Use of platelet rich plasma (PRP) in low ovarian reserve
Low ovarian reserve means a lower probability of spontaneous conceiving, as well as a decrease in the number of eggs obtained in ovarian stimulation treatments. At Instituto Bernabeu, the low ovarian reserve unit works to develop individualized stimulation protocols for this type of patient, together with pharmacogenetic studies (which determine the most appropriate medication according to the genes involved in ovarian response) and technological advances in the laboratory, which make it possible to accumulate eggs in several cycles of stimulation.
However, we know that there’s an endowment of “residual dormant follicles” that cannot be activated with the drugs used during stimulation. Some research suggests that intraovarian administration of platelet-rich plasma (PRP) can activate the ovary (“ovarian rejuvenation“), increasing the number of eggs obtained and reporting cases of spontaneous pregnancies and after in vitro fertilization.
What is the Platelet Rich Plasma (PRP)?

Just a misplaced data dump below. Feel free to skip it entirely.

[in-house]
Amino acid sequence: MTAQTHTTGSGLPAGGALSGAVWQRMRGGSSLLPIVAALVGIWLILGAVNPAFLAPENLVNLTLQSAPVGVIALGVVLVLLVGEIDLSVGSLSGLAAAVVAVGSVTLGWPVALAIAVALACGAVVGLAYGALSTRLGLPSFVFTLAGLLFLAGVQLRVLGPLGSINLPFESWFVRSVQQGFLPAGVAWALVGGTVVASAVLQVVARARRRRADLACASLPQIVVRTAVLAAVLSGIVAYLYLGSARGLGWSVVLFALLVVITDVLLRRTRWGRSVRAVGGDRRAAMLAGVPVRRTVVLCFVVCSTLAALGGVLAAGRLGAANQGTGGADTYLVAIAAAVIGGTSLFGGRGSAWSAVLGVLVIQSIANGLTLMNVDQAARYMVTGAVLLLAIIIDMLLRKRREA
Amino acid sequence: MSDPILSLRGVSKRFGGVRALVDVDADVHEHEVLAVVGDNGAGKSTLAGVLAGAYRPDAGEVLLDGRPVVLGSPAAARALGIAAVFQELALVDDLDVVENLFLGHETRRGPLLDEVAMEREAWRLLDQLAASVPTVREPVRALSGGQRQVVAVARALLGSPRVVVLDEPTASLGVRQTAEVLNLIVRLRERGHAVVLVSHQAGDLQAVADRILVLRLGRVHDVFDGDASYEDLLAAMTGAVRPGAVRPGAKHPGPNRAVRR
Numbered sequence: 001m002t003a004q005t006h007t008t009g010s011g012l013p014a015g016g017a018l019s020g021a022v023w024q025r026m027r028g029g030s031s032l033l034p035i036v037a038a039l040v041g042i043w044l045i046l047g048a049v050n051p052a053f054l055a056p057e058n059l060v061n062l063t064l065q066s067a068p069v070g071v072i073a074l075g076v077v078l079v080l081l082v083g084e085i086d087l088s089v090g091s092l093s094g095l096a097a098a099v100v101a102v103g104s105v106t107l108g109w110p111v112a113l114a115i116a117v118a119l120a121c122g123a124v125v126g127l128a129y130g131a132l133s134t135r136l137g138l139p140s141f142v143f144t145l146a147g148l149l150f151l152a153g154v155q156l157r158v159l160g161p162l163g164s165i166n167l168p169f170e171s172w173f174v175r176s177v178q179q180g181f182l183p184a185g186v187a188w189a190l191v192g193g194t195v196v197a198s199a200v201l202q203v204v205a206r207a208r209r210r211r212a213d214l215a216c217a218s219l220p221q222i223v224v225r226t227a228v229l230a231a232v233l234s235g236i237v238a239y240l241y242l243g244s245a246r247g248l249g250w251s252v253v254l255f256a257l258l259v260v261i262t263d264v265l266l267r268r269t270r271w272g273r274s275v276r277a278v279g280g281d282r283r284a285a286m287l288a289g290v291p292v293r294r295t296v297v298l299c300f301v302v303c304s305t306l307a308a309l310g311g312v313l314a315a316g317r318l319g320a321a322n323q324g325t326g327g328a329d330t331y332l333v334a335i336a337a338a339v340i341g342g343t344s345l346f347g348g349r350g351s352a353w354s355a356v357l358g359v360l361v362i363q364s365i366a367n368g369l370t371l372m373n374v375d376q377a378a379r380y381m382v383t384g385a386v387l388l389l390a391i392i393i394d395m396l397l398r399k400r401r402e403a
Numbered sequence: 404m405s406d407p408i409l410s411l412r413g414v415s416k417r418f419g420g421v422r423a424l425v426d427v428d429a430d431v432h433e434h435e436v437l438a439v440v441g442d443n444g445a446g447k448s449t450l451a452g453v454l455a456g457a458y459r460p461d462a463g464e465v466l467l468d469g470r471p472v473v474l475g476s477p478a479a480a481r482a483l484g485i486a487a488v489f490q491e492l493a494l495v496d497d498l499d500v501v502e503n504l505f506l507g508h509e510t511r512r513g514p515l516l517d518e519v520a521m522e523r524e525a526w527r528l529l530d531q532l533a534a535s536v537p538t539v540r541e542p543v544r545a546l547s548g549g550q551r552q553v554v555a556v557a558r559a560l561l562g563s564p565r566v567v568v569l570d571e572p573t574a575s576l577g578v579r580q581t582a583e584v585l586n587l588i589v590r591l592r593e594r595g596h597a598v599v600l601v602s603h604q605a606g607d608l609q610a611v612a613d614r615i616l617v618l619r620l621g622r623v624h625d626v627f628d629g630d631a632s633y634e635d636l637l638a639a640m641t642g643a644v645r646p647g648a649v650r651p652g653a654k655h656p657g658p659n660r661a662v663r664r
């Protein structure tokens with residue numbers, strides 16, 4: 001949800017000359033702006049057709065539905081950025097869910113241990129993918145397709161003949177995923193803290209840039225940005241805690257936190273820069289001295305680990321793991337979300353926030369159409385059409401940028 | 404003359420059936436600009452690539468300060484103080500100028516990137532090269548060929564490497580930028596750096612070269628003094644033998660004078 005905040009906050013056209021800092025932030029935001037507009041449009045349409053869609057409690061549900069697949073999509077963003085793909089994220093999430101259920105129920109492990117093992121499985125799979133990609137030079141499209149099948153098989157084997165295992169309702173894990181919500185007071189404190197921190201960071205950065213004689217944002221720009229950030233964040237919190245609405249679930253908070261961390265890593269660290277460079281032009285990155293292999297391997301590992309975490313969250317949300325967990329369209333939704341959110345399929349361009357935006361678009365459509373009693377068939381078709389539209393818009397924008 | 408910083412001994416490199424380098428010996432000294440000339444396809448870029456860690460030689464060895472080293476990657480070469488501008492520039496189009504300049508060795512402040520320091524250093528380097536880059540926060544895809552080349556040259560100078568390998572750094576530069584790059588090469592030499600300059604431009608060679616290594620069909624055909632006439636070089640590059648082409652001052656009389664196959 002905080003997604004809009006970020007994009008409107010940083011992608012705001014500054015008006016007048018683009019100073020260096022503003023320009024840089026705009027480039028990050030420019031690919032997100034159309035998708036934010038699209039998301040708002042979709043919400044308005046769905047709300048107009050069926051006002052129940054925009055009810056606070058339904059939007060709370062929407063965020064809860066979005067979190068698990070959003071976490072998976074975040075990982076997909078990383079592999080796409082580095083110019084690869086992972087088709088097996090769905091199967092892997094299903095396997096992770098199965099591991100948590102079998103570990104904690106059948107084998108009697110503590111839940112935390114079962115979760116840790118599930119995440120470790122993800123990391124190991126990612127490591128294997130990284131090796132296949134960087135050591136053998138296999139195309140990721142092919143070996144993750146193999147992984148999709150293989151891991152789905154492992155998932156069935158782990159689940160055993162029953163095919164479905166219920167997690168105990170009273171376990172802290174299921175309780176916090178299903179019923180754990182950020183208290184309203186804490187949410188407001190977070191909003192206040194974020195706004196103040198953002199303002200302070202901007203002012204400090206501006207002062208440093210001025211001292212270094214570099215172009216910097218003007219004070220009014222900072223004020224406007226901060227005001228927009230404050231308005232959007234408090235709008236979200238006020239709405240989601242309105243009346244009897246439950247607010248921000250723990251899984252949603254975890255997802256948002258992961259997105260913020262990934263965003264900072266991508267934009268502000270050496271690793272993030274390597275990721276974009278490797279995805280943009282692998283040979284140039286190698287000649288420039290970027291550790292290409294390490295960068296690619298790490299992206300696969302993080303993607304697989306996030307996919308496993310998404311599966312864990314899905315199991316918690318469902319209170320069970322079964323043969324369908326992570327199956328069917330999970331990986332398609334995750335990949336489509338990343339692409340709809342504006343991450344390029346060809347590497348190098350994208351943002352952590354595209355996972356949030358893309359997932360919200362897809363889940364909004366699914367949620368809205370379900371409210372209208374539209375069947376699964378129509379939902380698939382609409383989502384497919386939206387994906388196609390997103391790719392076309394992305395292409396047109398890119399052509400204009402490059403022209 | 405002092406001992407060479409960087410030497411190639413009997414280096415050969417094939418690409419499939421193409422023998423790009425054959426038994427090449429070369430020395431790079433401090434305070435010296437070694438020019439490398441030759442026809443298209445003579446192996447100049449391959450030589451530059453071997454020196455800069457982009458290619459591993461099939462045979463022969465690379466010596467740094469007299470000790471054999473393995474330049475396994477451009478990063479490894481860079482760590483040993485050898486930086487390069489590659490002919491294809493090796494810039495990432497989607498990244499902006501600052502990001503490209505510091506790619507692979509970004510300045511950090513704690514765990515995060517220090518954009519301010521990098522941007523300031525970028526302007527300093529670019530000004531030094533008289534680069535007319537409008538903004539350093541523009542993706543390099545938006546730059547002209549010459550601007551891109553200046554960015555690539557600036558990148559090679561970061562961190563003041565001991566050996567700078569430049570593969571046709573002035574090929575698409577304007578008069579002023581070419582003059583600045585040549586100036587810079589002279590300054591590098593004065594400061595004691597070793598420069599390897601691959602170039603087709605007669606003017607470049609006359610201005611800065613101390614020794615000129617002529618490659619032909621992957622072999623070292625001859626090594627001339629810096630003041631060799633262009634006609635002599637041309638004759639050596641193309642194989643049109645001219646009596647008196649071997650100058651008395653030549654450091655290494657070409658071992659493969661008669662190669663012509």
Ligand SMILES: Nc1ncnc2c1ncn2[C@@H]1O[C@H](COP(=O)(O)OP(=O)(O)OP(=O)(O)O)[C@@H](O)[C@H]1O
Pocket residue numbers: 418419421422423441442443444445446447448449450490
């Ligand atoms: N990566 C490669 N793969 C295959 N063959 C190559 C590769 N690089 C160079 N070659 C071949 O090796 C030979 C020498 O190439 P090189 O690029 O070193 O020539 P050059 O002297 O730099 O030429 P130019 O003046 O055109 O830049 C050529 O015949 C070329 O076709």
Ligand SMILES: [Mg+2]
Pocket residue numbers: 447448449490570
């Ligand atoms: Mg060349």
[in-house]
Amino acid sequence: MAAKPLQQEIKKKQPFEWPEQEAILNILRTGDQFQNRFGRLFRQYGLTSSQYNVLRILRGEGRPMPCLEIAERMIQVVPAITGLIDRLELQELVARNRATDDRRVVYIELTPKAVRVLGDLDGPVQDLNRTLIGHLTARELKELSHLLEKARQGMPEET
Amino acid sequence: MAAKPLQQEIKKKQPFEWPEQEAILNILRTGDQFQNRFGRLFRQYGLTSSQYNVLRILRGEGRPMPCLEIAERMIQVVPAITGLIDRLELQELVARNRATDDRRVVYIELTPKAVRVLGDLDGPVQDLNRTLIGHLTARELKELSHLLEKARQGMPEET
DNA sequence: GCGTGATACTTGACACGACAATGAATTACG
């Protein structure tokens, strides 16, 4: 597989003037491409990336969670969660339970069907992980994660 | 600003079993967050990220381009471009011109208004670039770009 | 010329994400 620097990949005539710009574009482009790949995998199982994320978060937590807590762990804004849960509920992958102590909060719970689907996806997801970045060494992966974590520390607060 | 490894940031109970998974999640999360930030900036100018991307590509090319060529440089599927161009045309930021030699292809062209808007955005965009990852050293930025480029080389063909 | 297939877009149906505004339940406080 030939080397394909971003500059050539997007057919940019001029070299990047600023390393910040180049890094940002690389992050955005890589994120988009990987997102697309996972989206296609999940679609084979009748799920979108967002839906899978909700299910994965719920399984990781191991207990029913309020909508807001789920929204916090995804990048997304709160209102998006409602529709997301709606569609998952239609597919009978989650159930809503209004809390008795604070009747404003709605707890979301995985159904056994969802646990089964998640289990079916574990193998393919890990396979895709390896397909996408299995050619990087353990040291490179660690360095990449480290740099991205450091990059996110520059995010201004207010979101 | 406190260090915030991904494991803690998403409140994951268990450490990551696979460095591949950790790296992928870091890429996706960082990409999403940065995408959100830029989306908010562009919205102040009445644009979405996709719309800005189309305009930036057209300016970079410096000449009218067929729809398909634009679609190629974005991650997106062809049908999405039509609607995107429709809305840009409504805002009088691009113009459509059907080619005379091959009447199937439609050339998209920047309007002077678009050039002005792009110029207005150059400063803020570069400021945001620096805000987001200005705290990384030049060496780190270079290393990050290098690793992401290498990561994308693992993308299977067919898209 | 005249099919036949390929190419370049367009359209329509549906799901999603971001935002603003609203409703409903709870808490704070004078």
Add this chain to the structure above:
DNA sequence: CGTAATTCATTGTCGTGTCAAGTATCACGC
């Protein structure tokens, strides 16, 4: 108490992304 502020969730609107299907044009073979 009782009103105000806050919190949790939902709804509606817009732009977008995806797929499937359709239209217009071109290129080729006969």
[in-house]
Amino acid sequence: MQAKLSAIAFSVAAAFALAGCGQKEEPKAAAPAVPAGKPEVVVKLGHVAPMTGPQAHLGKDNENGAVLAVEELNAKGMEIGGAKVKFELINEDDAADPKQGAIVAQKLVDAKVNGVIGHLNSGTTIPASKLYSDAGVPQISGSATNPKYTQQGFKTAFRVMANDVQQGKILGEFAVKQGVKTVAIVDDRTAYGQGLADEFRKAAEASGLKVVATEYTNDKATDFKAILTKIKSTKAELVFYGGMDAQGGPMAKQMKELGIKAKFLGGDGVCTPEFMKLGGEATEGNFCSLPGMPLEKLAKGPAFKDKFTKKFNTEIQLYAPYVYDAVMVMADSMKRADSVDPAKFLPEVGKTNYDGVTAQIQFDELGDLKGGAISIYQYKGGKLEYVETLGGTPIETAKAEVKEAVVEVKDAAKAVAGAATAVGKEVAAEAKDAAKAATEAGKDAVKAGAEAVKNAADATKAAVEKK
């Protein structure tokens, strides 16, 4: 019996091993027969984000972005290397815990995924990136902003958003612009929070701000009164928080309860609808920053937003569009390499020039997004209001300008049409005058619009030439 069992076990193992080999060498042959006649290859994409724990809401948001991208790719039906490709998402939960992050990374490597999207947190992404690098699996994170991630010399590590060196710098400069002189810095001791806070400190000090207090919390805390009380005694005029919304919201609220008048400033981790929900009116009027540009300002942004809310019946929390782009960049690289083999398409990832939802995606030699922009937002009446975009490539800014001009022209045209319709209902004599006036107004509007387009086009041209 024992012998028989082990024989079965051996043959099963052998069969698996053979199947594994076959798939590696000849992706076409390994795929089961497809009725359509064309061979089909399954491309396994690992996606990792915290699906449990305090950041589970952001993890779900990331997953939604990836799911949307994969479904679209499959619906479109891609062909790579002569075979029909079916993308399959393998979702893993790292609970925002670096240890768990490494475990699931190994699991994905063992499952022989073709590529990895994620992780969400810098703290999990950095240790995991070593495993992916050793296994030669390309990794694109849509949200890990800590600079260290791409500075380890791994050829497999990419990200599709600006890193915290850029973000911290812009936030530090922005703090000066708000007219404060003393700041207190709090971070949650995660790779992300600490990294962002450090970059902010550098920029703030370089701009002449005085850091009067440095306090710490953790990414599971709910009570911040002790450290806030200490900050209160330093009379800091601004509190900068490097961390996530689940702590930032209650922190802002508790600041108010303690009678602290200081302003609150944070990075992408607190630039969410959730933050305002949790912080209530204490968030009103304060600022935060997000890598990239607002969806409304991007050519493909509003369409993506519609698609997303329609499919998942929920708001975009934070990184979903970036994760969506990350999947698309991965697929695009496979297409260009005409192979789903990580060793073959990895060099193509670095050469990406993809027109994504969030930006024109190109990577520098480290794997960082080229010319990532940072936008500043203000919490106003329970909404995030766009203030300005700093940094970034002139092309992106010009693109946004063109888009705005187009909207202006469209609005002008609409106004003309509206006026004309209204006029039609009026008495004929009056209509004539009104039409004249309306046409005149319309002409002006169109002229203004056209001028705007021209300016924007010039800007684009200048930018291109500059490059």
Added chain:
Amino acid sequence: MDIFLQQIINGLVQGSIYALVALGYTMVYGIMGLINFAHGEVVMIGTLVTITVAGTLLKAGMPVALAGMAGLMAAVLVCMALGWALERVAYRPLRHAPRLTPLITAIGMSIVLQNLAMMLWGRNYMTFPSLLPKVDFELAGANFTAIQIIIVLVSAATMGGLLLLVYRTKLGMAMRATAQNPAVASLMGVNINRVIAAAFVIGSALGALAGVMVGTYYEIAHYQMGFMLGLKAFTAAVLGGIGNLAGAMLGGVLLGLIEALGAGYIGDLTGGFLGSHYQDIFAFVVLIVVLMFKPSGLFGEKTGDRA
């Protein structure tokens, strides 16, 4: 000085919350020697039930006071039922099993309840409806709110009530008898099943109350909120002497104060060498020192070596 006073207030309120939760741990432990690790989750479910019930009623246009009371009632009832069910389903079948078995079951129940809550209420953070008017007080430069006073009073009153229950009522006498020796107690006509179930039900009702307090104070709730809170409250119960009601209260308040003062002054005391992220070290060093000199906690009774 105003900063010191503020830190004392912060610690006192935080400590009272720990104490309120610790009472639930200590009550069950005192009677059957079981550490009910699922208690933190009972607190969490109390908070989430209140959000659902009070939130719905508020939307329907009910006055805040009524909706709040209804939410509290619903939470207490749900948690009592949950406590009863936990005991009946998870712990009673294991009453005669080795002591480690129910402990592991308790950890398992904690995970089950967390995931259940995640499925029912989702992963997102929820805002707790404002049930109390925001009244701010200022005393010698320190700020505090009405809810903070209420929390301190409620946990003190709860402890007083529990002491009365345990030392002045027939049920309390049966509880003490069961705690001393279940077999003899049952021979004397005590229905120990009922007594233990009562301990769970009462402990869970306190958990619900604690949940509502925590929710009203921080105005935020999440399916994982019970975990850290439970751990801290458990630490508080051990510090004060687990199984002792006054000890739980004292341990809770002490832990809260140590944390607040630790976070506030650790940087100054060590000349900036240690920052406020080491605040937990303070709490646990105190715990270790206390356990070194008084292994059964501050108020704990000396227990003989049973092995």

It’s a portion of the patient’s own plasma with a high concentration of platelets. It’s obtained after separating the components of a blood sample, in a process known as centrifugation. Platelets release a large number of growth factors, which promote the repair and regeneration of different tissues.
How can you promote ovarian response and “ovarian rejuvenation”?
Development of follicles in very early stages depends on different growth factors, so that the administration of PRP directly in the ovary, would increase their concentration and favour the activation of “sleeping follicles”.
What does the treatment consist of?
After obtaining a blood sample from the patient, as in a simple analysis, the PRP obtained is introduced into both ovaries by transvaginal puncture under sedation, without requiring hospitalization. It can be administered in the same procedure in which the eggs are extracted, and in patients who are going to undergo subsequent stimulations.
After the procedure, the patients will continue with the prescribed ovarian stimulation treatment, or the corresponding follow-up.
Because the patient’s own blood is used, there is no risk of rejection.
Is it indicated for all patients with low ovarian reserve?
It’s an experimental treatment, with promising results, and in which the medical team must assess the appropriateness of its performance in each case, evaluating the chances of success or improvement in the ovarian response. On the other hand, we must bear in mind that no available treatment will improve oocyte quality, mainly depending on age.
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